Market Overview: March 2018
March was characterized by more volatility in global financial markets as nervous investors continued to fear more aggressive interest rate hikes in the US, while also reacting negatively to, among other things, the growing possibility of both an international trade war and the imposition of stricter regulations on the giant tech companies (amid the Facebook information-sharing scandal and Trump’s criticism of Amazon). Consequently, most equity markets ended the month in the red. This was contrasted by stronger bond markets as the US Federal Reserve met market expectations by raising the federal funds rate by 25bps, but kept its 2018 rate predictions unchanged (for two more 25bp increases). The Fed did confirm its view of a more robust US economy as it lifted its forecasts for 2018 GDP growth to 2.7% from 2.5% previously, and added extra rate hikes to its expectations for 2019-2020. This came as US jobless claims fell to their lowest level in 45 years and unemployment dropped to 4.1%, while February CPI crept up to 2.2% y/y from 2.1% y/y. US Treasuries firmed slightly, with the yield on the benchmark 10-year UST falling from 2.9% to 2.8% over the month. Globally, fundamentals remained positive as the European economy gathered steam alongside subdued inflation (at only 1.1% y/y in February) and the ECB signaled its intent to adhere to its path of slow monetary tapering. UK prospects appeared to brighten somewhat thanks to a long-awaited agreement on a Brexit transition deal and parts of the broader exit treaty. Economic indicators were broadly positive.
Looking at global equity market returns (all in US$), the MSCI All Country World Index returned -2.1% in March. Emerging markets delivered -1.9% (MSCI Emerging Markets Index), while the MSCI World Index (for developed markets) returned -2.1%. Among developed markets, the S&P 500 produced -2.5% and the Dow Jones Industrial 30 -3.6%, while the Nasdaq delivered -3.9%. In Europe, the Dow Jones EuroStoxx 50 posted a -1.4% return, with France’s CAC producing -2.0% and Germany’s DAX -2.1%. The UK’s FTSE 100 lost 0.4% and Japan’s Nikkei returned -1.6%. Among larger emerging markets in US$, the strongest performer for the month was South Korea’s KOSPI (in positive territory with a 2.6% return), while Brazil’s Bovespa was the next strongest with -2.3%. The weakest markets included the MSCI Turkey (-7.3%) and the MSCI South Africa (-6.4%). The Bloomberg Barclays Global Aggregate Bond Index (US$) returned 1.1%, while the EPRA/NAREIT Developed Global Property Index (US$) delivered 2.3%.
Commodity prices were mixed: oil and gold were stronger but industrial metals weaker. Brent crude gained 6.8% to trade over US$70 per barrel for much of the month (amid additional geopolitical supply constraints) and ended March just below this key level. Gold gained 0.5%, while platinum lost 5.2%.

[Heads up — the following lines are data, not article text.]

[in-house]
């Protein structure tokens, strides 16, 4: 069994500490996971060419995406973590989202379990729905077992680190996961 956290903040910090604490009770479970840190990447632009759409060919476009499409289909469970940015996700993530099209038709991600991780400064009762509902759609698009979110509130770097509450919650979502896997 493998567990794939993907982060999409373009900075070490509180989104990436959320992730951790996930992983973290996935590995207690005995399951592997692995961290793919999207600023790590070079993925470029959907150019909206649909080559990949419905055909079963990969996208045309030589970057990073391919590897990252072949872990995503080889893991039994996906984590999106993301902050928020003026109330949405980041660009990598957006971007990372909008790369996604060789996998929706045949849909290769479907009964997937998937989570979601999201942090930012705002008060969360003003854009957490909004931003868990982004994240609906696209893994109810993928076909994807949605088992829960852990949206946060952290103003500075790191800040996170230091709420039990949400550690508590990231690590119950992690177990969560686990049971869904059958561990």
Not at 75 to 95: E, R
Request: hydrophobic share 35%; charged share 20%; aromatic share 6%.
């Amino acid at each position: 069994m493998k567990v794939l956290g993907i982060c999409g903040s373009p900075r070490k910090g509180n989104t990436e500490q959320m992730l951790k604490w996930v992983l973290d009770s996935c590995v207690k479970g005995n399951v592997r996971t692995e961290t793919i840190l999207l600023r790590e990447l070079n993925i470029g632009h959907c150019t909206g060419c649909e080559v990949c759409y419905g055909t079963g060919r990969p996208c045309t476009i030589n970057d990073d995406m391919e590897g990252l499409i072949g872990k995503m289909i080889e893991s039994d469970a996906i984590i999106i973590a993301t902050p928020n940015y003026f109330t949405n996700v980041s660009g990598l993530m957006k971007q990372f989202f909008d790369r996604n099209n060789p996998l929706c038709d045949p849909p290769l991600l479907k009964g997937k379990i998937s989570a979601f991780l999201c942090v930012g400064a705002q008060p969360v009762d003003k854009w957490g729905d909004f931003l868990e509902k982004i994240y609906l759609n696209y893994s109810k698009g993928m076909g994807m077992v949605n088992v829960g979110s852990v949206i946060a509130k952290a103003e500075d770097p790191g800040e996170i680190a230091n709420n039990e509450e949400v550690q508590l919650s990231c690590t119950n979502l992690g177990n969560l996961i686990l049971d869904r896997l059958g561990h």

In South Africa, local bonds recorded gains on the back of several factors, including Moody’s decision not to downgrade the sovereign local currency credit rating to junk status (rather upgrading the outlook to stable from negative). Moody’s also lifted its 2018 GDP growth forecast to 2.0% from 1.0%, along with other international institutions. Lower-than-expected inflation (with February CPI at 4.0% y/y) and the SARB’s expected 25bp rate cut near month-end also supported the fixed income market. The BEASSA All Bond Index delivered 2.1% in March: the 10-year bond yield fell from 8.1% to 8.0% at month-end. Inflation-linked bonds (Composite ILB Index) produced a strong 4.4%, andcash as measured by the STeFI Composite Index returned 0.6%. Despite a broadly weaker US dollar in March, the rand depreciated 0.7% against the greenback, 2.3% against the UK pound sterling and 1.4% versus the euro, dented only partly by concerns over the implications of the ANC’s potential wider use of land expropriation without compensation.
SA equities continued to reflect the more volatile global market conditions: the FTSE/JSE All Share Index posted a -4.2% monthly return, weighed down by losses in big industrial counters, Naspers and financial shares. After a shocking start to the year, listed property shares were the best performers in March, returning -1.0% amid some bargain hunting. Resources stocks lost 1.3%, Financials lost 3.1% and Industrials were down 5.5%.
According to Morningstar data, the average ASISA SA general equity fund returned -3.8% for the month. The average multi-asset high equity (balanced) fund delivered -2.2%, while multi-asset low equity funds averaged -0.6%, and multi-asset income funds returned 1.0% on average.